(CNS News) -- At the U.S. Capitol on July 15, CNS News asked Senator Cynthia Marie Lummis (R-Wyo.) if public schools and colleges should require students to receive the COVID-19 vaccine. Sen. Lummis responded, “No, they shouldn’t.”
CNSNews.com: “Should public schools and colleges be able to mandate that students be vaccinated for COVID-19?”
Lummis: “No, they shouldn’t.”
In preparation for the upcoming school year, colleges such as Virginia Tech and the University of Colorado have announced that they are requiring students to receive the vaccine.
In a letter posted on the university’s website, VT President Tim Sands wrote, “Vaccinations will be required for all students attending Virginia Tech in the fall, with exemptions for medical reasons and sincerely held religious beliefs.”
Members of the University of Colorado’s school board published a letter that says, “We have determined to require that all University of Colorado students, faculty and staff receive a COVID-19 vaccine before the start of fall semester 2021.”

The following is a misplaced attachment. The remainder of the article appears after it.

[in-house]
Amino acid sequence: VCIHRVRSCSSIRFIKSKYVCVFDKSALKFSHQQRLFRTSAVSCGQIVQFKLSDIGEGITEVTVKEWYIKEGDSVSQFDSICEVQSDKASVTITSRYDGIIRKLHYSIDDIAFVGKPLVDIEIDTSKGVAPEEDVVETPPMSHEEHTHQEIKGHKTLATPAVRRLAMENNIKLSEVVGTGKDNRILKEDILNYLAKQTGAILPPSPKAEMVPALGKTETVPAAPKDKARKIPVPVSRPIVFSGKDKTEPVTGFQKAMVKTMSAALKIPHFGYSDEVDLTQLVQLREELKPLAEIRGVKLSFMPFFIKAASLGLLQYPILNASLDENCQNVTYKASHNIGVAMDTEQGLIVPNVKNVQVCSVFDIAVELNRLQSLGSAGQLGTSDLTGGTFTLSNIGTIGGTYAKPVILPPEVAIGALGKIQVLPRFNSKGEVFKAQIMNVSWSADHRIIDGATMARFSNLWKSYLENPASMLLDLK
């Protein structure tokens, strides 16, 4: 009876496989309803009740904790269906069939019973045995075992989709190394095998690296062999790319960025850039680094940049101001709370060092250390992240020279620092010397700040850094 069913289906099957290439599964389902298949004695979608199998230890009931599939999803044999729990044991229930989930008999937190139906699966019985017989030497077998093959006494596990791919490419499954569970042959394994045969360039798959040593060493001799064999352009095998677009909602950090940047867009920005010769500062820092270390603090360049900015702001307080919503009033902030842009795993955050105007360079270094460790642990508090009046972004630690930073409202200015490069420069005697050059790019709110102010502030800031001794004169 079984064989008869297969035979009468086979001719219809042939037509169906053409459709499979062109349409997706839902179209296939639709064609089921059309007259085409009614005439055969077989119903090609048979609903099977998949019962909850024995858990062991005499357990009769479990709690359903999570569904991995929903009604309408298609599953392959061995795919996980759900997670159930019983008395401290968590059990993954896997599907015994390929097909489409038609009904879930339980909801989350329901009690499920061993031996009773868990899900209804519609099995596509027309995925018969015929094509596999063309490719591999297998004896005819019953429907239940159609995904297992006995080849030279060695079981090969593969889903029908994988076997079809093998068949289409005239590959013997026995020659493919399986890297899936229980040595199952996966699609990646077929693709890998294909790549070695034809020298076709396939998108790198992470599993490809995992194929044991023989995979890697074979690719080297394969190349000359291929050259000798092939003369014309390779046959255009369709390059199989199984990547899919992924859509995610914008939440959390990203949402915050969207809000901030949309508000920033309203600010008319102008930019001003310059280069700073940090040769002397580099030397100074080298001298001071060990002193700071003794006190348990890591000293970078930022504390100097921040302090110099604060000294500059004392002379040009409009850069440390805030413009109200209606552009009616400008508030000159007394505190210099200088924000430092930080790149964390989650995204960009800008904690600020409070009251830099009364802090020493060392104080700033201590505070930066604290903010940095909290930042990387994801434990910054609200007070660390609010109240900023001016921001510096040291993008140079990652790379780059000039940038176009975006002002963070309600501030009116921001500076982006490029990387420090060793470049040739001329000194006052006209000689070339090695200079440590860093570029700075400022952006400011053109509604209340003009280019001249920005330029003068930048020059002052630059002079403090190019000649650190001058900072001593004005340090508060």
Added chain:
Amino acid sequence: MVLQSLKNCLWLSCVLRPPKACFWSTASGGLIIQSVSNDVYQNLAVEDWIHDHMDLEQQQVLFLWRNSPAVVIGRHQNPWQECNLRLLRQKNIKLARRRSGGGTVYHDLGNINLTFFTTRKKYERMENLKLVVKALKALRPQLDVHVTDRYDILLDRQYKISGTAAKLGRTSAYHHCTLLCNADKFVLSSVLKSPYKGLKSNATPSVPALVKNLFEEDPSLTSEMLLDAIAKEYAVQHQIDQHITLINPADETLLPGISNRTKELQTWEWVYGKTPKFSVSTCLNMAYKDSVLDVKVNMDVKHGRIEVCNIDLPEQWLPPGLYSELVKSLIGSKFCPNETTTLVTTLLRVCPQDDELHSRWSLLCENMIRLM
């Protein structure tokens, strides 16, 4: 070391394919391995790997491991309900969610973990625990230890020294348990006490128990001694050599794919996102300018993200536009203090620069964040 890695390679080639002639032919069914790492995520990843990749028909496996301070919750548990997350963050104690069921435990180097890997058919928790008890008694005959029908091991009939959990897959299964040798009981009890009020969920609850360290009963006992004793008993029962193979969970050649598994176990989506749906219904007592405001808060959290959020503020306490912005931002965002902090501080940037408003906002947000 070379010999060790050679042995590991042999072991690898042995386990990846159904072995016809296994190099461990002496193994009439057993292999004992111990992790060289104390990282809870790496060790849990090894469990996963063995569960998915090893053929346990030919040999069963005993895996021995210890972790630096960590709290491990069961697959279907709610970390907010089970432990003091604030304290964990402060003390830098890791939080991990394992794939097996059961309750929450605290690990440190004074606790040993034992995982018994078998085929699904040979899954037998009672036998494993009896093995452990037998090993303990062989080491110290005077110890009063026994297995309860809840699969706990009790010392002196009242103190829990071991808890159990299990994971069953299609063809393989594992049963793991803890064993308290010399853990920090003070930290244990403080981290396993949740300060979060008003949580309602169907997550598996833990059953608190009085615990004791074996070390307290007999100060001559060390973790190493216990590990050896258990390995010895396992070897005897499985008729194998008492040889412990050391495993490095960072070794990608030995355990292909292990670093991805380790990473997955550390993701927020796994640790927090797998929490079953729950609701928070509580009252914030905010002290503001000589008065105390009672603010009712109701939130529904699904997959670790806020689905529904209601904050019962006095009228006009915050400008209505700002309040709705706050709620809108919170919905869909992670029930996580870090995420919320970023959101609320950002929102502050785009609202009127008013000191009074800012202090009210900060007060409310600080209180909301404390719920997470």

Concerning public schools K-12, the Centers for Disease Control and Prevention (CDC) states that children under 12 “are not eligible for vaccination at this time.” The CDC also says, “People 12 years and older are now eligible for COVID-19 vaccination. Schools can promote vaccinations among teachers, staff, families, and eligible students by providing information about COVID-19 vaccination, encouraging vaccine trust and confidence, and establishing supportive policies and practices that make getting vaccinated as easy and convenient as possible.”
According to the CDC, out of the 49,725 children under 17 that died in 2020-2021, only 335 involved COVID. The danger of children dying from COVID are significantly less than from pneumonia.
COVID vaccines are still not approved by the FDA, but are authorized for “emergency use” by the “FDA’s career scientists and physicians in the Center for Biologics Evaluation and Research.”